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Food justice takes center stage

Berkeley Food Institute panel discussion

Credit: Fabian Aguirre

Moderator Troy Duster, left, discusses food justice with panelists Ricardo Salvador, Saru Jayaraman and Mark Bittman at the 'Cultivating Justice in Food Systems' forum at UC Berkeley.

The food movement is building momentum, with justice becoming a key component, said influential panelists at a forum Tuesday (March 31) at UC Berkeley.

More than 250 people attended the forum, “Cultivating Justice in Food Systems: People, Power and Policy,” sponsored by the Berkeley Food Institute with the UC Berkeley College of Natural Resources, Student Environmental Resource Center and UC Global Food Initiative.

The forum, part of the UC Global Food Initiative Food Equity Lecture Series, highlighted the importance of fairness in food systems and justice for farm laborers and restaurant workers.

“The biggest change (in the food movement) has been the inclusion of justice. This forum would not have happened five years ago,” said panelist Mark Bittman, a New York Times columnist and food writer who is a distinguished visiting fellow with the Berkeley Food Institute. “What’s justice? Fairness, equality, impartiality, righteousness.”

While the food movement has focused on healthy eating and sustainable farming, speakers said that, like other social movements, the agenda also needs to address labor, power and policy.

Sustainable food, sustainable wages

BFI panelists
The 'Cultivating Justice in Food Systems' forum at UC Berkeley featured panelists Mark Bittman, left, Saru Jayaraman and Ricardo Salvador, moderator Troy Duster and Ann Thrupp, executive director of the Berkeley Food Institute.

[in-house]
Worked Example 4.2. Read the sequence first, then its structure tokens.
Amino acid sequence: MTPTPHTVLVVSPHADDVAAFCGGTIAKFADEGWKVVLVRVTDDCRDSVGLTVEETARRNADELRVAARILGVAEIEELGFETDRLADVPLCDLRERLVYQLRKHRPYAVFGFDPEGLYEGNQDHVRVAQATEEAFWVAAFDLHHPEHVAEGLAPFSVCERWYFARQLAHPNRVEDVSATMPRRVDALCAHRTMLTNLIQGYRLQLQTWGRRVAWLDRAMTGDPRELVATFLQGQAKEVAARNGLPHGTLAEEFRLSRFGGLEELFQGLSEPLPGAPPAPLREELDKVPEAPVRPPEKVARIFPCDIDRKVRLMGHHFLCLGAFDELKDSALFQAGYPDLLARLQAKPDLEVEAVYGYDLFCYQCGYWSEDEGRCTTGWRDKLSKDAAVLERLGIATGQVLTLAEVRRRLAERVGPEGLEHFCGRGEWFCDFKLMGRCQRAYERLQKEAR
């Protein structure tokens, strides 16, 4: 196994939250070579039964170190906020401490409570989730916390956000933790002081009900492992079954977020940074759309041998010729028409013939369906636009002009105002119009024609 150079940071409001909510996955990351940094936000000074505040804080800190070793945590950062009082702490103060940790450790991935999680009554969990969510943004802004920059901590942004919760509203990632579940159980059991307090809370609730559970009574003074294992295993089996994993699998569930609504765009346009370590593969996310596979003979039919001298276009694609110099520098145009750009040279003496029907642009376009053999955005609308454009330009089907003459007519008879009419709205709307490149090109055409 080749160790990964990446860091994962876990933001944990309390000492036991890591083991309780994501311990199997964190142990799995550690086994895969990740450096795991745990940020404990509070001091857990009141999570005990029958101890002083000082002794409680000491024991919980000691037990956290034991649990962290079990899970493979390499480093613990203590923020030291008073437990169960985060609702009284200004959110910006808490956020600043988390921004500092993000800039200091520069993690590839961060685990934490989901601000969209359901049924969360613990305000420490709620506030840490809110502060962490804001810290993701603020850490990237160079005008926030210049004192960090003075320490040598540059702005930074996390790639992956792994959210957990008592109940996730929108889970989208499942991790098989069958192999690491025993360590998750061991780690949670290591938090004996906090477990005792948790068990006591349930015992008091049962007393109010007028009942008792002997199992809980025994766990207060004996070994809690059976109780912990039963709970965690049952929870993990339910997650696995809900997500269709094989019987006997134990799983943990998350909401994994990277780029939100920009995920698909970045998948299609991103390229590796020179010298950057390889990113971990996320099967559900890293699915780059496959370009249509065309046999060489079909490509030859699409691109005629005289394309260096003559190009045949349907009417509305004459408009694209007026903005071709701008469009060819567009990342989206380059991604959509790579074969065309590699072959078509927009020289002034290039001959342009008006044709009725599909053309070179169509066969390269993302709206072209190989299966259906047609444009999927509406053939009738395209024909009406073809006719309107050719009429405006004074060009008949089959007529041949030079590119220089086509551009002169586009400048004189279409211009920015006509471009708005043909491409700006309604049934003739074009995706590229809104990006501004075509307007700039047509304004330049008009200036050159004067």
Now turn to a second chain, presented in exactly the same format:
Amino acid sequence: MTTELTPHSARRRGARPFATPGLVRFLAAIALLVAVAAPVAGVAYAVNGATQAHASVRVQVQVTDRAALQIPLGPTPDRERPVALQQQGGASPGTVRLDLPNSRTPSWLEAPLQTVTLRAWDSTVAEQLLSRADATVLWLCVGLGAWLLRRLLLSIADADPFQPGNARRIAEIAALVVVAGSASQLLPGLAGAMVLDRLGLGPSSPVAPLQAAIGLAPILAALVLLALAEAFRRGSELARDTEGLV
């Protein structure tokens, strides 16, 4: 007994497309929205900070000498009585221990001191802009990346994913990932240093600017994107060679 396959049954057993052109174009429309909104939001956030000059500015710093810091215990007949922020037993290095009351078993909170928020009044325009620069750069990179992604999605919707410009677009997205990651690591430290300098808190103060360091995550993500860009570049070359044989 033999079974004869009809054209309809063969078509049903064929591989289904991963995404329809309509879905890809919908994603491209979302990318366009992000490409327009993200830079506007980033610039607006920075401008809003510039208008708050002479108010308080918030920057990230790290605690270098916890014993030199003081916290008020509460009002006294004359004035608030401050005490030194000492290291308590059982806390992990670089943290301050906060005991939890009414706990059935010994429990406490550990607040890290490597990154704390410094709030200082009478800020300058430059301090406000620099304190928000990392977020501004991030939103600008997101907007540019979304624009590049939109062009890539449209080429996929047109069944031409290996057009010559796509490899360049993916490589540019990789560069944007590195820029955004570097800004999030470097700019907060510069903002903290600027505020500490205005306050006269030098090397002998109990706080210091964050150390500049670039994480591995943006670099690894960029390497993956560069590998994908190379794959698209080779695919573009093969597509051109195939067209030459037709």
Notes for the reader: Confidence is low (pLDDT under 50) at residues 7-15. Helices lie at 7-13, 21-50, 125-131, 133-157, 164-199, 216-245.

Credit: Fabian Aguirre

Panelist Saru Jayaraman, co-founder of the Restaurant Opportunities Centers United and director of the Food Labor Research Center at UC Berkeley, has fought for food worker rights for more than a decade. Once absent, now workers are part of the conversation in the food movement, she said, noting that the U.S. food system has 20 million workers with restaurant jobs being seventh of the nation’s 10 lowest-paying jobs and farm workers the eighth-lowest.

“The food system is not a bad employer; it is the absolute worst employer in the U.S.,” Jayaraman said. “There’s no way to think about sustainable food without thinking about sustainable wages.”

Jayaraman lamented that the federal minimum wage for tipped workers is only $2.13 per hour but is encouraged by other efforts to raise standards — and wages — for food workers.

“It’s not just about (raising the hourly minimum wage to) $15,” Jayaraman said. “It’s fundamentally about power.”

Human rights regarding food

Government policies have helped create a food system with power concentrated in big corporations, speakers said. To reform the system, government policies need changing, said panelist Ricardo Salvador, director of the food and environment program at the Union of Concerned Scientists. Salvador referenced a Washington Post op-ed he co-authored with Bittman, Michael Pollan and Olivier De Schutter that called for a national food policy, guaranteeing the right of every American to eat food that is healthy, green, fair and affordable.

“All of us are beneficiaries of a deeply unjust system,” Salvador said.

The Berkeley Food Institute, founded two years ago, works to catalyze and support transformative changes in food systems to promote justice as well as diversity, resilience and health. Ann Thrupp, the institute’s executive director, noted that March 31 was the birthday of labor leader and civil rights activist Cesar Chavez, co-founder of the United Farm Workers union.

“Consider how far we’ve come and how much work needs to be done,” Thrupp said. “It’s a tall order, but I feel we are working on these issues together.”

Tackling big issues

Bittman praised the Obama administration for improving school lunch nutrition.

“I think there are issues that are big and winnable,” Bittman said. “We need to focus on big issues.”

Moderator Troy Duster, a UC Berkeley sociologist and Chancellor’s Professor, likened the food movement to the civil rights movement.

“No movement is as coherent as it appears from the outside, and no movement is as incoherent as it appears from the inside,” Duster said. “Justice comes out of a full understanding of the movement."